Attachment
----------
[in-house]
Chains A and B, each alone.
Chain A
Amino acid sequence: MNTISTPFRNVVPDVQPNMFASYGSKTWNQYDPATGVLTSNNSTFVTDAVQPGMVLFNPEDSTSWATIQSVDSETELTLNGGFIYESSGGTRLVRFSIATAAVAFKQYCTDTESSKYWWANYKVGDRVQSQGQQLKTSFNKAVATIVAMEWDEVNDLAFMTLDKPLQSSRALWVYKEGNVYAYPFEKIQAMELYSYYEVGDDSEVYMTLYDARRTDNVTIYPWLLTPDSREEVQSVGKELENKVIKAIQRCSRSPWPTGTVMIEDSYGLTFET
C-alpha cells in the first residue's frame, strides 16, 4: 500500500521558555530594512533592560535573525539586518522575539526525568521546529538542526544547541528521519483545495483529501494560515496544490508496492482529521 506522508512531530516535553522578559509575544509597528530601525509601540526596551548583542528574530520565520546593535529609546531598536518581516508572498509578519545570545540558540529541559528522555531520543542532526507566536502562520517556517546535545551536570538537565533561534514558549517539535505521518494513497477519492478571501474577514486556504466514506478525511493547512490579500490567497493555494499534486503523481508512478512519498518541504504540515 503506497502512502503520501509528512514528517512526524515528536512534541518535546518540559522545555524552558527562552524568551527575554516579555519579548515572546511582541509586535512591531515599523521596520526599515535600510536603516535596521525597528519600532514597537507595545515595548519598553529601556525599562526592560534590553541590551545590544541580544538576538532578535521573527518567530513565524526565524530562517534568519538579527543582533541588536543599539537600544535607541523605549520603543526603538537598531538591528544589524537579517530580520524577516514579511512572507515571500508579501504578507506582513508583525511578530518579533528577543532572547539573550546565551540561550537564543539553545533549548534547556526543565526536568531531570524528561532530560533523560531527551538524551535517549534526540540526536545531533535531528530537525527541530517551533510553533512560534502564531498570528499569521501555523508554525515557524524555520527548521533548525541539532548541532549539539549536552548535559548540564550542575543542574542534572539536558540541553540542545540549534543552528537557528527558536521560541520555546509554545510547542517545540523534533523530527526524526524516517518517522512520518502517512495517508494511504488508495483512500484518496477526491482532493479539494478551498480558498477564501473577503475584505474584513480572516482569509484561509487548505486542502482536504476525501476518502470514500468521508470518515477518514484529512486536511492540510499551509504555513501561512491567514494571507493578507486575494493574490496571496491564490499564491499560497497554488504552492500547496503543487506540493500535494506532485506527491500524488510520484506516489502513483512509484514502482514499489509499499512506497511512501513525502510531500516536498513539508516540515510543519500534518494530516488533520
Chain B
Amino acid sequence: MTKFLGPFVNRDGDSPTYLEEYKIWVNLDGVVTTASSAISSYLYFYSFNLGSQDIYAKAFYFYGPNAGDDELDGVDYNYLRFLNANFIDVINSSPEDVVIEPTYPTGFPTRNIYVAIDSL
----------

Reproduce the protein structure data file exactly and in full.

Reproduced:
[in-house]
Chains A and B, each alone.
Chain A
Amino acid sequence: MNTISTPFRNVVPDVQPNMFASYGSKTWNQYDPATGVLTSNNSTFVTDAVQPGMVLFNPEDSTSWATIQSVDSETELTLNGGFIYESSGGTRLVRFSIATAAVAFKQYCTDTESSKYWWANYKVGDRVQSQGQQLKTSFNKAVATIVAMEWDEVNDLAFMTLDKPLQSSRALWVYKEGNVYAYPFEKIQAMELYSYYEVGDDSEVYMTLYDARRTDNVTIYPWLLTPDSREEVQSVGKELENKVIKAIQRCSRSPWPTGTVMIEDSYGLTFET
C-alpha cells in the first residue's frame, strides 16, 4: 500500500521558555530594512533592560535573525539586518522575539526525568521546529538542526544547541528521519483545495483529501494560515496544490508496492482529521 506522508512531530516535553522578559509575544509597528530601525509601540526596551548583542528574530520565520546593535529609546531598536518581516508572498509578519545570545540558540529541559528522555531520543542532526507566536502562520517556517546535545551536570538537565533561534514558549517539535505521518494513497477519492478571501474577514486556504466514506478525511493547512490579500490567497493555494499534486503523481508512478512519498518541504504540515 503506497502512502503520501509528512514528517512526524515528536512534541518535546518540559522545555524552558527562552524568551527575554516579555519579548515572546511582541509586535512591531515599523521596520526599515535600510536603516535596521525597528519600532514597537507595545515595548519598553529601556525599562526592560534590553541590551545590544541580544538576538532578535521573527518567530513565524526565524530562517534568519538579527543582533541588536543599539537600544535607541523605549520603543526603538537598531538591528544589524537579517530580520524577516514579511512572507515571500508579501504578507506582513508583525511578530518579533528577543532572547539573550546565551540561550537564543539553545533549548534547556526543565526536568531531570524528561532530560533523560531527551538524551535517549534526540540526536545531533535531528530537525527541530517551533510553533512560534502564531498570528499569521501555523508554525515557524524555520527548521533548525541539532548541532549539539549536552548535559548540564550542575543542574542534572539536558540541553540542545540549534543552528537557528527558536521560541520555546509554545510547542517545540523534533523530527526524526524516517518517522512520518502517512495517508494511504488508495483512500484518496477526491482532493479539494478551498480558498477564501473577503475584505474584513480572516482569509484561509487548505486542502482536504476525501476518502470514500468521508470518515477518514484529512486536511492540510499551509504555513501561512491567514494571507493578507486575494493574490496571496491564490499564491499560497497554488504552492500547496503543487506540493500535494506532485506527491500524488510520484506516489502513483512509484514502482514499489509499499512506497511512501513525502510531500516536498513539508516540515510543519500534518494530516488533520
Chain B
Amino acid sequence: MTKFLGPFVNRDGDSPTYLEEYKIWVNLDGVVTTASSAISSYLYFYSFNLGSQDIYAKAFYFYGPNAGDDELDGVDYNYLRFLNANFIDVINSSPEDVVIEPTYPTGFPTRNIYVAIDSL